DAVID RITTENHOUSE was born near Norristown, Pennsylvania. He was preparing to enter Princeton University when a fire forced the school’s closure. He went on to clerk for his father, who was Surveyor General of Pennsylvania, after which he worked as a clerk and then manager of an iron plantation. In 1814 he became part owner of Sligo Iron Works, a firm that failed five years later. In addition to his business ventures, he studied law and farmed, specializing in horse and cattle breeding. He served three terms in the Pennsylvania Assembly, after which he was appointed prothonotary (i.e., chief clerk) of the Huntingdon County courts and then Recorder of Deeds and Register of Wills. In 1836 he began a term in the Pennsylvania Senate, where he remained until winning the 1838 race for governor against the Whig Anti-Masonic incumbent. Porter took office during the depth of the depression following the Panic of 1837, forcing him to address financial difficulties throughout his two terms in office. During his administration, imprisonment for debt was abolished and Porter quelled serious nativist riots in Philadelphia in 1844. He was a strong advocate of separation of powers and sought to curb legislative interference in the executive and judicial branches of state government, earning him strong enemies in the state legislature and an unsuccessful effort at impeachment. After leaving office, Porter withdrew from politics but supported James Buchanan’s advancement to the presidency in 1856 and pressed for construction of a transcontinental railroad, working with Governor Sam Houston of Texas to promote the southern route. Porter also established an iron business in Harrisburg and experimented with one of the first furnaces to use anthracite coal as a smelting fuel.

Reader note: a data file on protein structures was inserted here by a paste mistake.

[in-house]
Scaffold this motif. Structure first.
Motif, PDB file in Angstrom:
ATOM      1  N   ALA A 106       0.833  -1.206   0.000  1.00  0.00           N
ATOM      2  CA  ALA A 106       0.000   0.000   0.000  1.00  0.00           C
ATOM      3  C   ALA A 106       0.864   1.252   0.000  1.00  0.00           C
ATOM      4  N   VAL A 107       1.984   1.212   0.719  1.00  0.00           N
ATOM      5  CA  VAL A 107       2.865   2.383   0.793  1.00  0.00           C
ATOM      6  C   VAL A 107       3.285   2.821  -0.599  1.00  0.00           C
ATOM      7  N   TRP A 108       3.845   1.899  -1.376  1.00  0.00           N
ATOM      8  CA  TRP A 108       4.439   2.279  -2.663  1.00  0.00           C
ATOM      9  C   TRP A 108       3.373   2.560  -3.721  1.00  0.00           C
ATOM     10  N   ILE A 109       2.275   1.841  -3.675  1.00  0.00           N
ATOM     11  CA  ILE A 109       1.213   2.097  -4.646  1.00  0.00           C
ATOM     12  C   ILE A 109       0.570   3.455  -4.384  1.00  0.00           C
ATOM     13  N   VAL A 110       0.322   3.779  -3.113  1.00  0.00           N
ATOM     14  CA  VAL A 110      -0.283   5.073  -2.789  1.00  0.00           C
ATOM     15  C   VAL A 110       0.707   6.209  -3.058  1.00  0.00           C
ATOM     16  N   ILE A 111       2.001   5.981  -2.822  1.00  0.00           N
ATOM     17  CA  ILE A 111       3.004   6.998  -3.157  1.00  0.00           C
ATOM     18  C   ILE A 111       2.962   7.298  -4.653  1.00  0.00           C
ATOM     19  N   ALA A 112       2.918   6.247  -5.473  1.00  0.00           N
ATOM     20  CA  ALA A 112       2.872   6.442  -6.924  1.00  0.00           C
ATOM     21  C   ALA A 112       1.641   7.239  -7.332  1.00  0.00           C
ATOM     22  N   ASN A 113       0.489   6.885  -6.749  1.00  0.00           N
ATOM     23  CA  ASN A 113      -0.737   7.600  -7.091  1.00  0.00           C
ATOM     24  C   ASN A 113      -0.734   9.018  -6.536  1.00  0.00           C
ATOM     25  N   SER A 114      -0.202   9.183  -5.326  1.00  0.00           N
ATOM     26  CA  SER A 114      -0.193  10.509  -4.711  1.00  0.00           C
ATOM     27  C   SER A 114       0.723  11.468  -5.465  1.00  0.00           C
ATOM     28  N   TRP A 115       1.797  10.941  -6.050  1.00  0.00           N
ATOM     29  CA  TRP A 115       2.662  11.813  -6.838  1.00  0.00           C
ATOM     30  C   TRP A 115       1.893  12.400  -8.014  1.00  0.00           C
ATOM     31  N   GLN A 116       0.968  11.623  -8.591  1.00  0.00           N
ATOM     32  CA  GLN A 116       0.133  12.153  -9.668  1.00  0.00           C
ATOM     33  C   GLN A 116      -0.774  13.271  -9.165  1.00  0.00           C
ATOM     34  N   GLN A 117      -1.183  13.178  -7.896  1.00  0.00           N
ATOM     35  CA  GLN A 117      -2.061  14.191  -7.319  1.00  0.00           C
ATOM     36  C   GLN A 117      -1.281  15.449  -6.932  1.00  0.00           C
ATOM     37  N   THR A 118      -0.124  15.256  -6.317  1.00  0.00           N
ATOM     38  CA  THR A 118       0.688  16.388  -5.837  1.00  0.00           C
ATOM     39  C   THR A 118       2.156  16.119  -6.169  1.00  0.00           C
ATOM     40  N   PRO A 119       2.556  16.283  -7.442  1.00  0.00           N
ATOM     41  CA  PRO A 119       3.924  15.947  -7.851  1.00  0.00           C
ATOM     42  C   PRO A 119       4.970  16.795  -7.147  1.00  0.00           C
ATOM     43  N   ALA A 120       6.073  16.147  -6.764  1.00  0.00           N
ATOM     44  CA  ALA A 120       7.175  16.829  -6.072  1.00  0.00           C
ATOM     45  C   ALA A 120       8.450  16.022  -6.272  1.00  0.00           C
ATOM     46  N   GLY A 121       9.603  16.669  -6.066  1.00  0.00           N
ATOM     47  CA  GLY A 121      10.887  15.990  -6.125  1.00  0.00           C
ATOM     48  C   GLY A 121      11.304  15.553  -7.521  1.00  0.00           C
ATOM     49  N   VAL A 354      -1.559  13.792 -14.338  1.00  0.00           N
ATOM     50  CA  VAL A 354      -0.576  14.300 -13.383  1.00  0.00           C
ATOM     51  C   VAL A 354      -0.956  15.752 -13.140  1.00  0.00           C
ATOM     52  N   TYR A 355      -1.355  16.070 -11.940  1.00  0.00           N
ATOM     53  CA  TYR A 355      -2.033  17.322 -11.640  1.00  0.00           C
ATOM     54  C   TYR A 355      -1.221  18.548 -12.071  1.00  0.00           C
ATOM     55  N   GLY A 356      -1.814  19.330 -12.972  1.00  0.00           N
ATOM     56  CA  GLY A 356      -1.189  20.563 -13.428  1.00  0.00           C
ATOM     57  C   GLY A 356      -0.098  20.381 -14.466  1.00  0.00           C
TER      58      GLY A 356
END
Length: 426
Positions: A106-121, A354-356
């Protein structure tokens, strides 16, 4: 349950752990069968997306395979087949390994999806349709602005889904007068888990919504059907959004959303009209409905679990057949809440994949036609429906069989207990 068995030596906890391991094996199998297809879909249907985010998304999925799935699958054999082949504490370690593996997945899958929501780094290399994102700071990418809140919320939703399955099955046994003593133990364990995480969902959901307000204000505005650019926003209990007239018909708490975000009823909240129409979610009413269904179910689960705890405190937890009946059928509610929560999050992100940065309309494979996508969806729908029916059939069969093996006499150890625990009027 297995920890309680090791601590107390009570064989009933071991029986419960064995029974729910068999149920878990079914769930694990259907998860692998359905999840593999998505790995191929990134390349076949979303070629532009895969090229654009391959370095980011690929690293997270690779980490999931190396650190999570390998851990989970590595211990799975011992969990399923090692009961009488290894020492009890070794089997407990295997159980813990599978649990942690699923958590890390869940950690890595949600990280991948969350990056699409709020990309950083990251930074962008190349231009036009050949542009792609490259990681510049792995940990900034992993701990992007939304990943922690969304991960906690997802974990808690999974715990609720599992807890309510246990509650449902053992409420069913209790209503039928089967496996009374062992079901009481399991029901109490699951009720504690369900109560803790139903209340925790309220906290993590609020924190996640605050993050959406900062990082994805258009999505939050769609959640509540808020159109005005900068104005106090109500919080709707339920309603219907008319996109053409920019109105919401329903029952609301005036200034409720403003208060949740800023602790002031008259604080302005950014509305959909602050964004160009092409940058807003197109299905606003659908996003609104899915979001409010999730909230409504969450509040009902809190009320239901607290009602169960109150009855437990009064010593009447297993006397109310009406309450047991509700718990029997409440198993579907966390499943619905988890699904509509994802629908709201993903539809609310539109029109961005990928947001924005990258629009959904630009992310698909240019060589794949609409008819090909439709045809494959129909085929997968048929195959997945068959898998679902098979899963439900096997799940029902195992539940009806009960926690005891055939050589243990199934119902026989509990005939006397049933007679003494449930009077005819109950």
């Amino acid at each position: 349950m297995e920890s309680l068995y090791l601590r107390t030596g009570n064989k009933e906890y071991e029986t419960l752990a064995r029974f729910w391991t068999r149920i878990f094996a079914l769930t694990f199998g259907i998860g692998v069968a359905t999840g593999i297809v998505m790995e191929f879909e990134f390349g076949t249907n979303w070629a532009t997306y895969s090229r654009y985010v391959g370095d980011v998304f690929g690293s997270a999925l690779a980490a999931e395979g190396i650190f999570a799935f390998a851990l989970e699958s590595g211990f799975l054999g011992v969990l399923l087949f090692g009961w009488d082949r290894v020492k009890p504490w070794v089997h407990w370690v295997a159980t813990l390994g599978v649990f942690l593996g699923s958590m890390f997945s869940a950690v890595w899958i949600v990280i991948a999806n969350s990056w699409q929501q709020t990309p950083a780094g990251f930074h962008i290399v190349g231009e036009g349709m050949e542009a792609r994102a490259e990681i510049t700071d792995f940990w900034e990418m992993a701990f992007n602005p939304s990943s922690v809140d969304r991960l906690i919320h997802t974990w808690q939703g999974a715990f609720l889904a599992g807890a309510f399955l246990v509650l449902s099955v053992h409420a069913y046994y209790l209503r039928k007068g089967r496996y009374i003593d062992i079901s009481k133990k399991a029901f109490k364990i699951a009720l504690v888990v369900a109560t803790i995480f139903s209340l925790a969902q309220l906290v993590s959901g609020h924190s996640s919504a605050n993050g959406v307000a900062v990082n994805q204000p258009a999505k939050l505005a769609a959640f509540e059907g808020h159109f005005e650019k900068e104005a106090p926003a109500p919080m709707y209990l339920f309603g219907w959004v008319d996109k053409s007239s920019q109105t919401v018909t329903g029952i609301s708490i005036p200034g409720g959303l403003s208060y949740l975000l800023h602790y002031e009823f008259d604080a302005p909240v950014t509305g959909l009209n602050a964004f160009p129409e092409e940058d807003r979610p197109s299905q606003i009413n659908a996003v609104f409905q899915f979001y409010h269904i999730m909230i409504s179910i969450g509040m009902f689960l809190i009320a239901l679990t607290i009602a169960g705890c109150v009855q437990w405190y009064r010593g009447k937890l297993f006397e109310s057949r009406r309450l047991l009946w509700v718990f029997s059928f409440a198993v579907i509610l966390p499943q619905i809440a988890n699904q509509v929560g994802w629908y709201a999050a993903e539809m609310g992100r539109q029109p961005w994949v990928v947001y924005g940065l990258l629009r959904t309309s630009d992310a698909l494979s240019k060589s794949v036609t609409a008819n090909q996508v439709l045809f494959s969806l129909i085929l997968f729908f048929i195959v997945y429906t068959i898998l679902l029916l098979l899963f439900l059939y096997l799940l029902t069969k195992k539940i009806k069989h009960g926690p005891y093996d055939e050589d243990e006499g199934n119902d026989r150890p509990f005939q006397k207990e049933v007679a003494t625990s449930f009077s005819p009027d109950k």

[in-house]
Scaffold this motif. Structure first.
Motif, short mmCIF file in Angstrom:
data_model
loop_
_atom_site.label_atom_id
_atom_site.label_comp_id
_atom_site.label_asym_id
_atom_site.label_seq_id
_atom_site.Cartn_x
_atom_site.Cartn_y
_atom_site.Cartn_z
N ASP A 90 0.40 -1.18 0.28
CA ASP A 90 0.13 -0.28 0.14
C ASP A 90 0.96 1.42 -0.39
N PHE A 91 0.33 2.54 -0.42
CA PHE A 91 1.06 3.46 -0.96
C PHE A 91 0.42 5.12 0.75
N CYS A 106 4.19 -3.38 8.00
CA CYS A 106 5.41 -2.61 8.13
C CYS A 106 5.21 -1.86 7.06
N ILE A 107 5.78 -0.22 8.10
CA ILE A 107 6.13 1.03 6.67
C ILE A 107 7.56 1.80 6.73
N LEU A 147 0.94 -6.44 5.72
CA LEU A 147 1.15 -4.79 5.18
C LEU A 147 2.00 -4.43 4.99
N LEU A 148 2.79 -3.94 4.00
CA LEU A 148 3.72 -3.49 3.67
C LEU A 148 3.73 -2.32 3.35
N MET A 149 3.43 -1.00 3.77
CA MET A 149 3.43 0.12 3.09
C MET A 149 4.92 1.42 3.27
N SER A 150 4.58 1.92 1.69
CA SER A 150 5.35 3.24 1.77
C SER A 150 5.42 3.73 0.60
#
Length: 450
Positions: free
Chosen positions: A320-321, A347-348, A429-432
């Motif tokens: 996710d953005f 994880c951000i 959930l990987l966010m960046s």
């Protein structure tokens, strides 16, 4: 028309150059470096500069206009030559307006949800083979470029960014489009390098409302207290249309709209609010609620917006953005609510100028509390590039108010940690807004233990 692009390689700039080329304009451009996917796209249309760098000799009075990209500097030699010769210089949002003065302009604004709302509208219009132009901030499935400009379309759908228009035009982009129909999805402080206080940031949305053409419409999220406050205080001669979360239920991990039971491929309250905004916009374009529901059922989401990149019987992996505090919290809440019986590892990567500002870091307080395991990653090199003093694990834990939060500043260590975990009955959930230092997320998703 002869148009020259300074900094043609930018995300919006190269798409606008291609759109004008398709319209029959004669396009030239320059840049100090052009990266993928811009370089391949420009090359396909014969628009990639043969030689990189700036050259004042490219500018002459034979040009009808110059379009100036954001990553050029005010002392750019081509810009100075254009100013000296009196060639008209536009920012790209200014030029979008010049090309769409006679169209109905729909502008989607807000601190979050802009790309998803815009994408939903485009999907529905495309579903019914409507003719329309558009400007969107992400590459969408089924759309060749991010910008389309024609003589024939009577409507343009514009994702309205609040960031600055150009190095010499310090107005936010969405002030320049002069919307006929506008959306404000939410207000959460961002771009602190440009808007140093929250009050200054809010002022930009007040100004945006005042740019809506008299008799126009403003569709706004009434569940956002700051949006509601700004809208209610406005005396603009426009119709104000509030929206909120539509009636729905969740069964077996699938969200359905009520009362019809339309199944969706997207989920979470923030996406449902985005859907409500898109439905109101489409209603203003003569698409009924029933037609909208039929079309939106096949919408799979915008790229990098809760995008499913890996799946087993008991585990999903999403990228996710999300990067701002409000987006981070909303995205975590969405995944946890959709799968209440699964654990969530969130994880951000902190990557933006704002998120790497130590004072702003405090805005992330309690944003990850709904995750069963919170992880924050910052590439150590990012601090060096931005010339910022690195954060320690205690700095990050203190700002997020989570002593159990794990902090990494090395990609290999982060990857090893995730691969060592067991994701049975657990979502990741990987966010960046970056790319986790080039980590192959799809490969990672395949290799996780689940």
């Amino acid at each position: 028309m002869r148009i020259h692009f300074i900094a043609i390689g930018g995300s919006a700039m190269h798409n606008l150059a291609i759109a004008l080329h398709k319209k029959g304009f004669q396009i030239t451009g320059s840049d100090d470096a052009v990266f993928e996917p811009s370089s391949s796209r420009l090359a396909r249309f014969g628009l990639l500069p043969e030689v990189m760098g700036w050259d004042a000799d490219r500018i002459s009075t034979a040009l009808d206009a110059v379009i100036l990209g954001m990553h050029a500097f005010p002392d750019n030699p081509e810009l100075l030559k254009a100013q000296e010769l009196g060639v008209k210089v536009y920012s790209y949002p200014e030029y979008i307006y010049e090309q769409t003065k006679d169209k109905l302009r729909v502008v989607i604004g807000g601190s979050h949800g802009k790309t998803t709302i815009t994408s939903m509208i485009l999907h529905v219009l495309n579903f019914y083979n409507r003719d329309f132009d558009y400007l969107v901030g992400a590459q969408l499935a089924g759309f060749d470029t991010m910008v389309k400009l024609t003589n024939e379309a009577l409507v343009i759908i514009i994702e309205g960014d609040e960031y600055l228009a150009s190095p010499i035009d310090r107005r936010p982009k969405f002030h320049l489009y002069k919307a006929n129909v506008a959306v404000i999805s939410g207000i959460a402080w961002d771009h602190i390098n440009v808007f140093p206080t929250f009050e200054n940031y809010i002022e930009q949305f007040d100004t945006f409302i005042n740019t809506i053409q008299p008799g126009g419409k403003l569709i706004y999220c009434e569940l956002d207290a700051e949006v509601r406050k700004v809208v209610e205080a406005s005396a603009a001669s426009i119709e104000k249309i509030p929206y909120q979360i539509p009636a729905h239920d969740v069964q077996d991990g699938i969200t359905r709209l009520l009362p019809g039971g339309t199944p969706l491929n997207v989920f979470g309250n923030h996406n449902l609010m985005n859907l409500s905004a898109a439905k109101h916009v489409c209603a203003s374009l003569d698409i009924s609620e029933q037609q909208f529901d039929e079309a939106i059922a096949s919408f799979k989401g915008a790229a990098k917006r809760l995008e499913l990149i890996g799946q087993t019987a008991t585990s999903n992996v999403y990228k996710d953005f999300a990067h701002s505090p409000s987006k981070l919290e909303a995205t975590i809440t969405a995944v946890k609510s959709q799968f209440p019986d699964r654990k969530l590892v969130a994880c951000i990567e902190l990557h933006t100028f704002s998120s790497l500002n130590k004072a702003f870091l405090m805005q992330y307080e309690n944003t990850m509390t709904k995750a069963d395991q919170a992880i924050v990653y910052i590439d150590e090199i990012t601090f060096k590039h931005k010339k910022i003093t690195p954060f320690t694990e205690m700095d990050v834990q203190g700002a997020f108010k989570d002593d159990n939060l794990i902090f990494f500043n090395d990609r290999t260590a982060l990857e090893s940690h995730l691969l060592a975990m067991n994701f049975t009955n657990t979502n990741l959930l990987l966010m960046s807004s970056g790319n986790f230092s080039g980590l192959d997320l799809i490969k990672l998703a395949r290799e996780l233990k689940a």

Sobel, Robert, and John Raimo, eds. Biographical Directory of the Governors of the United States, 1789-1978, Vol. 4. Westport, CT: Meckler Books, 1978. 4 vols.
The National Cyclopaedia of American Biography, Vol. 2. New York: James T. White & Company.